Tonatia bakeri Williams, Willig & Reid, 1995

Basantes, Mateo, Tinoco, Nicolas, Velazco, Paul M., Hofmann, Melinda J., Rodriguez-Posada, Miguel E. & Camacho, M. Alejandra, 2020, Systematics and Taxonomy of Tonatia saurophila Koopman & Williams, 1951 (Chiroptera, Phyllostomidae), ZooKeys 915, pp. 59-86 : 59

publication ID

publication LSID

persistent identifier

treatment provided by

ZooKeys by Pensoft

scientific name

Tonatia bakeri Williams, Willig & Reid, 1995


Tonatia bakeri Williams, Willig & Reid, 1995

Tonatia saurophila bakeri Williams et al. 1995: 622.


Adult male, deposited at the Museum of Texas Tech University (TTU 39120), collected on 31 January 1983 by R. J. Baker (original field number 1195), 6 km SW of Cana, Darién, Panama, 1200 m. Prepared as skin and skull by M. S. Hafner. Karyotype reference number TK22573. No paratypes were designated by Williams et al. (1995), but several specimens from Mexico, Belize, Costa Rica, Guatemala, Honduras, Nicaragua, Panama, and Venezuela were listed and used in the description.


Tonatia bakeri is distributed from southeastern Mexico southward into South America to northwestern Ecuador, northern Colombia, and northern Venezuela (west and north of Cordillera de Mérida). The southernmost records of the species are located in the Province of Esmeraldas, Ecuador (Fig. 7 View Figure 7 ).


Tonatia bakeri is distinguished from T. bidens and T. maresi mainly by craniodental and external measurements. Tonatia bakeri is larger than any other species within the genus ( Williams et al. 1995; Table 2 View Table 2 ). The measurements that explain most of the variability are postorbital constriction length, mastoid width, and upper canine width. The skin around the mouth, nose leaf, and warts of the lower lip presents a light coloration. The posterior edge of the cranium presents an acute apex, the mandibular condyles are robust, the diastema between the canine and first lower premolar is absent or not evident, and clinoid process is well developed (Figs 3a, c View Figure 3 , 4a, c View Figure 4 ). Measurements of the holotype taken from Williams et al. (1995), as well as averages of the external craniodental and external measurements of the specimens analyzed in this study, are presented in Table 2 View Table 2 .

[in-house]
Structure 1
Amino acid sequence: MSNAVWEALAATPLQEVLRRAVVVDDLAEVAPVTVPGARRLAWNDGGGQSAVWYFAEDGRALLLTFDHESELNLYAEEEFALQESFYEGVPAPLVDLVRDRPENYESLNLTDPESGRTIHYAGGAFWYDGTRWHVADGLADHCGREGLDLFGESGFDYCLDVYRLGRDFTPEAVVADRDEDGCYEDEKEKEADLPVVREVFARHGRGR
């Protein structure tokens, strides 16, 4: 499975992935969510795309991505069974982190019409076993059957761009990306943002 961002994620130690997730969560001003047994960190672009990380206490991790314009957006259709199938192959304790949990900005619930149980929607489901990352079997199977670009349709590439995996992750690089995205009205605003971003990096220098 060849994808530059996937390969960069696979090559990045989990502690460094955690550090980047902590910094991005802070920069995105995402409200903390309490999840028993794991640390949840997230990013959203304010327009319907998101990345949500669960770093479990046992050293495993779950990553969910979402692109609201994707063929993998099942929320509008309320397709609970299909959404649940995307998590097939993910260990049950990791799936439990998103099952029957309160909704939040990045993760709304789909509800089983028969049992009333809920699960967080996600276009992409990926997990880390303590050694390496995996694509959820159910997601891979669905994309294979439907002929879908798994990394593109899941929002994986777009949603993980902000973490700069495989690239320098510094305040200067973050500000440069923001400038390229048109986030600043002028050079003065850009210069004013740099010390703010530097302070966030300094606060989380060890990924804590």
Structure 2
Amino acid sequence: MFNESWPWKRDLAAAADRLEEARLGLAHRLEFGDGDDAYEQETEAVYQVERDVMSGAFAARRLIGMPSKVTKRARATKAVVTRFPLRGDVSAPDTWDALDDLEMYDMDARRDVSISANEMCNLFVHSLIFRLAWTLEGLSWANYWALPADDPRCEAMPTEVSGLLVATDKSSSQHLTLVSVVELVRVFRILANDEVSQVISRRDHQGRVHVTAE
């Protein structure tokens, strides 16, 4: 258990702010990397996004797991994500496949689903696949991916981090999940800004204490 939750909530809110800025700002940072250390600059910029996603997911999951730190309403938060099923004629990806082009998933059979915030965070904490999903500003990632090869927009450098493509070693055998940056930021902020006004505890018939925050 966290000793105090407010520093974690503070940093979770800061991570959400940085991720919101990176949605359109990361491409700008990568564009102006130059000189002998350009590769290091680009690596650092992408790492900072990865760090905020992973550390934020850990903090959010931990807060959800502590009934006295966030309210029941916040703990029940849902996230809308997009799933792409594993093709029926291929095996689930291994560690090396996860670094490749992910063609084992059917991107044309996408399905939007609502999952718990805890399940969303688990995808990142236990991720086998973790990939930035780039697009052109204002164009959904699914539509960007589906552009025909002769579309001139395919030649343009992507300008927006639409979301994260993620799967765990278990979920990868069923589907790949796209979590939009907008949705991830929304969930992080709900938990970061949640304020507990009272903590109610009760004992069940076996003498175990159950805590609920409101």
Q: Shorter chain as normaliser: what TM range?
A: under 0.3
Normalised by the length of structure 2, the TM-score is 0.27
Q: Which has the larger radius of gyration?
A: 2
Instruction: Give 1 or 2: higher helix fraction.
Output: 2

The holotype has bicolored gray-brown dorsal fur with dark tips; hairs behind ears and neck are bicolored with white bases, and are overall slightly lighter than the rest of the dorsum. Hairs on shoulders are gray-brown, presenting white bases and tips (tricolored). The hairs on the top of head have white tips forming a pale stripe between the ears. Ventral pelage is paler than dorsal pelage; hairs are fawn with lighter tips, but around the throat the fur has a lighter and more uniform color. Dorsal and ventral pelage is dense. Dorsal hairs are longer (12.0 mm) than ventral hairs (5.0 mm). The proximal third of the forearm is covered by short hair (the ventral surface is more densely furred than dorsal), as well as base of the thumbs and proximal side of the feet. The proximal ventral margins of the uropatagium and wing membranes have sparse short hair. The skull of the holotype is complete and in perfect condition, presenting a well-defined sagittal crest.


Tonatia bakeri and T. maresi differ from T. bidens in the presence of a clear line of short fur on the top of the head between ears, a secondary process in the mastoid that partially obscures the base of the bulla (unique within subfamily Phyllostominae ), a larger gap between lower canines, a lower crowded appearance of the premolars, and a narrower postorbital constriction. Tonatia bakeri differs from T. maresi in its narrower breadth across the lower incisors ( Williams et al. 1995), presence of an acute apex in the posterior edge of the braincase due to the presence of a well-developed sagittal process, robust mandibular condyles, a reduced or absent space between the canine and the first lower premolar, observable in the mandible body (lateral view), and a well-developed clinoid process (Figs 3a, c View Figure 3 , 4a, c View Figure 4 ). Additionally, T. bakeri specimens are larger than those of T. maresi (Table 2 View Table 2 ).


The name bakeri was coined in recognition to Robert J. Baker for his contributions to the genetics and systematics of the family Phyllostomidae ( Williams et al. 1995).


Little is known on the natural history of the genus Tonatia . It has been reported that it uses hollow trees as day roosts, within which forms monospecific groups, or multispecific groups with other bat species ( Williams and Genoways 2008). The diet of Tonatia includes arthropods, fruit, and small vertebrates ( Tirira 2017).














Tonatia bakeri Williams, Willig & Reid, 1995

Basantes, Mateo, Tinoco, Nicolas, Velazco, Paul M., Hofmann, Melinda J., Rodriguez-Posada, Miguel E. & Camacho, M. Alejandra 2020

Tonatia saurophila bakeri

Williams, Willig & Reid 1995